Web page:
Busting the Mystery on Self-Belief
We’ve heard it all before: Think positively and then you’ll feel good about yourself. But how true is this? And how can we harness positivity and bring self-belief to life?
Despite that there are numerous books on positive thinking and self-esteem boosting, we humans consistently fall into the trap of doubting our ability to feel good about ourselves. Yes, of course, reading a positive thinking book, saying affirmations, and keeping gratitude diaries are great strategies to infuse feel good feelings. However, is there a way to maintain “feeling good” about ourselves? The research says yes.
Some of you may remember the newsletter article I wrote last November 2017: Self Worth = Self Evaluation. In the article I discussed research, which demonstrated that the strength of our self-worth is measurable in the brain, and that sustaining it requires reinforcing positive self-appraisals. (If you want to read a copy of the original article click the link below). Similarly, the power of positive thinking can be sustained by understanding the biology of our beliefs.
To answer the question as to why sustaining “feeling good” is challenging, we need to consider the contrasting roles of the conscious vs. the subconscious mind. The conscious mind is where our individual identity, creativeness, wishes, and desires lie. Whereas, the subconscious mind is where our instincts, what we’ve learnt, and habits are situated.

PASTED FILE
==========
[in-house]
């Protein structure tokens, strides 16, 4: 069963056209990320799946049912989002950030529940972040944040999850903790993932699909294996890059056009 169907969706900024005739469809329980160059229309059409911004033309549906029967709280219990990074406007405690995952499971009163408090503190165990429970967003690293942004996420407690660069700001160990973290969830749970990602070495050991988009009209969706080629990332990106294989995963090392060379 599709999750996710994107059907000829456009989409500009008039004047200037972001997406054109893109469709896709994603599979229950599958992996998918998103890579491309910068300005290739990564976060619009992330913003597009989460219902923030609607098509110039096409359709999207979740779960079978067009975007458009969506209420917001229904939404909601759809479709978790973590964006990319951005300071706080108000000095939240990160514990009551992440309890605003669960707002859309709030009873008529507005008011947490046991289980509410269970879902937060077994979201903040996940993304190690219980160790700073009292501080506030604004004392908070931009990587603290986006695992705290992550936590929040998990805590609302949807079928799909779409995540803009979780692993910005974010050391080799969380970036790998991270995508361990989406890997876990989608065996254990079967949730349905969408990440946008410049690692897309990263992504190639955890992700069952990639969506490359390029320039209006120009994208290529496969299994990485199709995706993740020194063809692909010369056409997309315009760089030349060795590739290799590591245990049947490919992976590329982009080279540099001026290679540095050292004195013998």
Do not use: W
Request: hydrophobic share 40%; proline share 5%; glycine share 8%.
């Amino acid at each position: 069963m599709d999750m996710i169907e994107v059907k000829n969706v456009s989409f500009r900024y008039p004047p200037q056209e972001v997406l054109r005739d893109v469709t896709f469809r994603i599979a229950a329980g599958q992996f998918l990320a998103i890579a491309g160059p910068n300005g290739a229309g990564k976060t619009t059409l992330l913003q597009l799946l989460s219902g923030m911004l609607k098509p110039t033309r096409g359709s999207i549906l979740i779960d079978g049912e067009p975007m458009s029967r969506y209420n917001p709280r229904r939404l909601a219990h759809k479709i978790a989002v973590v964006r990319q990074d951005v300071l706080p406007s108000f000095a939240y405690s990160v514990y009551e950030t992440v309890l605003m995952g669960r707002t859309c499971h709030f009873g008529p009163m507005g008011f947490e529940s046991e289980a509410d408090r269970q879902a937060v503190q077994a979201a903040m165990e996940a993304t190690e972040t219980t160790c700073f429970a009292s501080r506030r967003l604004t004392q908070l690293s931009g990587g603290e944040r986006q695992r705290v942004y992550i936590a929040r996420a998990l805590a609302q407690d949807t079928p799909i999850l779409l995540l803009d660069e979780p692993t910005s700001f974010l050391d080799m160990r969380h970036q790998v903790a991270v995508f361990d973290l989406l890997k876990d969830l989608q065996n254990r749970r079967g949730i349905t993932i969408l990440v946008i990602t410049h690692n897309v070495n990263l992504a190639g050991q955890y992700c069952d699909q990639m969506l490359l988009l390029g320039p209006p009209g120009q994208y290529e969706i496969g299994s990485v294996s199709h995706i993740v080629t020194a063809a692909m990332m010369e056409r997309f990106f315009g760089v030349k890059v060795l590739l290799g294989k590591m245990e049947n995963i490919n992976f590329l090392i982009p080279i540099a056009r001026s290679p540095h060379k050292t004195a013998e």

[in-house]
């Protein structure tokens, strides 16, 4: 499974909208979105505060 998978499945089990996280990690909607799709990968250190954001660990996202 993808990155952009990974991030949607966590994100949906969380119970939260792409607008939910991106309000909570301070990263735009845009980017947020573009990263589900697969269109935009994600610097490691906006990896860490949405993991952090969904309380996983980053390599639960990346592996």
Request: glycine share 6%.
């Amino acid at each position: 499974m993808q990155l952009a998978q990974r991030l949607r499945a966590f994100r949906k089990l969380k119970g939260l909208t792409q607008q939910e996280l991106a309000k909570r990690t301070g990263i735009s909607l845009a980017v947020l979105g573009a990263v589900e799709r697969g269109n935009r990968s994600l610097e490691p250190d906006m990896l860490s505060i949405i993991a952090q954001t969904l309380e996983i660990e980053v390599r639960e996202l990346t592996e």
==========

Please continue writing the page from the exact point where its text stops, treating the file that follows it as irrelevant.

These subconscious processes are influenced by our early childhood experiences, which is often why they may feel ineffective in adulthood. Despite that as adults we want to respond maturely to life experiences and demands, we often find ourselves falling prey to old ways of reacting. The reason is because the subconscious mind does not make decisions about the consequences of certain beliefs; its job is to hardwire incoming perceptions that seem reasonably true at the time. Also, is at least a million times more powerful than our conscious mind so it works hard at being the boss.
Research suggests that the conscious mind reads incoming signals as feelings. Whether these feelings are “good” or “bad” is often dependent on our subconscious reactions. These reactions, of course, can be changed because the conscious mind has the capacity to override them, which is the basis of free will. Overriding automatic reactions and emotions requires insight, self-reflection, awareness, and learning new ways to respond.
To answer the question as to how we sustain “feeling good” about ourselves, effectively means changing conditioned self-defeating habits into more fluid and considered responses. Education, self-awareness, and galvanising our strengths can increase our positive self-regard and leave us feeling good enough. By reinforcing positive self-regard strategies, new responses replace the old ones and supportive self-worthy habits become automatic.